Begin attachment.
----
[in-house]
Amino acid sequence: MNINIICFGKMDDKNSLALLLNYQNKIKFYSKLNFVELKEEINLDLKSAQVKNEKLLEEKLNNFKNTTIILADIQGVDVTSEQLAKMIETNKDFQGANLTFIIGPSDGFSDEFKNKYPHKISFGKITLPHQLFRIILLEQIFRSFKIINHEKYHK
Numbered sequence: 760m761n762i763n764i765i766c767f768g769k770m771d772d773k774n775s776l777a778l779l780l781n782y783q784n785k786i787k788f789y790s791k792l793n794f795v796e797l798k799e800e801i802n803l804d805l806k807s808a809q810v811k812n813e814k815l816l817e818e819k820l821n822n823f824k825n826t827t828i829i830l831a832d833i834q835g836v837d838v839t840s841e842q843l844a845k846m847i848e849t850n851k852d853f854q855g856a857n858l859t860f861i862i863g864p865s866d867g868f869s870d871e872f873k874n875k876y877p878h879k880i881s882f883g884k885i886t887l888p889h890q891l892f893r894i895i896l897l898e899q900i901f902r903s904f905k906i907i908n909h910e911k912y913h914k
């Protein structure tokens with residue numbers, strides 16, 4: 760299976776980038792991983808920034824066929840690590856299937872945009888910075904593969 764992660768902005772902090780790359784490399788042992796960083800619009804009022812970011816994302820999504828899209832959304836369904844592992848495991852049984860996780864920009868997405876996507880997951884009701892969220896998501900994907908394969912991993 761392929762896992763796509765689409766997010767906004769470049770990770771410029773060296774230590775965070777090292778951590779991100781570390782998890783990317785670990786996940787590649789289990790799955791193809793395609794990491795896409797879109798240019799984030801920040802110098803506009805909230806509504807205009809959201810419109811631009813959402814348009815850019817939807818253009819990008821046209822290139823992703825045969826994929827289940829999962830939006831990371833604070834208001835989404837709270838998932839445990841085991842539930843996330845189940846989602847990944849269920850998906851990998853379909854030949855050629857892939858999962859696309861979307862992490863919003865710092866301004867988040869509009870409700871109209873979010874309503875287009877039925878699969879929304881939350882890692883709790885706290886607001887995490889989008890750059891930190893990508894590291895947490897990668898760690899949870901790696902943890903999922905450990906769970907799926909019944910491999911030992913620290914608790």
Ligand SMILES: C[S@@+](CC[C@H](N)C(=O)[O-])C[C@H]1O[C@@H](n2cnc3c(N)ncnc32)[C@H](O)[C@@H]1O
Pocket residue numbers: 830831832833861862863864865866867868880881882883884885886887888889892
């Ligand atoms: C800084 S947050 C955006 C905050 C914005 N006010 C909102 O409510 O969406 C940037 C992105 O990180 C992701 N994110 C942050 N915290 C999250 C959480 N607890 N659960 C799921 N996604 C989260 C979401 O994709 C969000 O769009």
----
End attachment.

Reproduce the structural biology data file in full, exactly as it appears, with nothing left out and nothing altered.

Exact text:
[in-house]
Amino acid sequence: MNINIICFGKMDDKNSLALLLNYQNKIKFYSKLNFVELKEEINLDLKSAQVKNEKLLEEKLNNFKNTTIILADIQGVDVTSEQLAKMIETNKDFQGANLTFIIGPSDGFSDEFKNKYPHKISFGKITLPHQLFRIILLEQIFRSFKIINHEKYHK
Numbered sequence: 760m761n762i763n764i765i766c767f768g769k770m771d772d773k774n775s776l777a778l779l780l781n782y783q784n785k786i787k788f789y790s791k792l793n794f795v796e797l798k799e800e801i802n803l804d805l806k807s808a809q810v811k812n813e814k815l816l817e818e819k820l821n822n823f824k825n826t827t828i829i830l831a832d833i834q835g836v837d838v839t840s841e842q843l844a845k846m847i848e849t850n851k852d853f854q855g856a857n858l859t860f861i862i863g864p865s866d867g868f869s870d871e872f873k874n875k876y877p878h879k880i881s882f883g884k885i886t887l888p889h890q891l892f893r894i895i896l897l898e899q900i901f902r903s904f905k906i907i908n909h910e911k912y913h914k
């Protein structure tokens with residue numbers, strides 16, 4: 760299976776980038792991983808920034824066929840690590856299937872945009888910075904593969 764992660768902005772902090780790359784490399788042992796960083800619009804009022812970011816994302820999504828899209832959304836369904844592992848495991852049984860996780864920009868997405876996507880997951884009701892969220896998501900994907908394969912991993 761392929762896992763796509765689409766997010767906004769470049770990770771410029773060296774230590775965070777090292778951590779991100781570390782998890783990317785670990786996940787590649789289990790799955791193809793395609794990491795896409797879109798240019799984030801920040802110098803506009805909230806509504807205009809959201810419109811631009813959402814348009815850019817939807818253009819990008821046209822290139823992703825045969826994929827289940829999962830939006831990371833604070834208001835989404837709270838998932839445990841085991842539930843996330845189940846989602847990944849269920850998906851990998853379909854030949855050629857892939858999962859696309861979307862992490863919003865710092866301004867988040869509009870409700871109209873979010874309503875287009877039925878699969879929304881939350882890692883709790885706290886607001887995490889989008890750059891930190893990508894590291895947490897990668898760690899949870901790696902943890903999922905450990906769970907799926909019944910491999911030992913620290914608790």
Ligand SMILES: C[S@@+](CC[C@H](N)C(=O)[O-])C[C@H]1O[C@@H](n2cnc3c(N)ncnc32)[C@H](O)[C@@H]1O
Pocket residue numbers: 830831832833861862863864865866867868880881882883884885886887888889892
């Ligand atoms: C800084 S947050 C955006 C905050 C914005 N006010 C909102 O409510 O969406 C940037 C992105 O990180 C992701 N994110 C942050 N915290 C999250 C959480 N607890 N659960 C799921 N996604 C989260 C979401 O994709 C969000 O769009």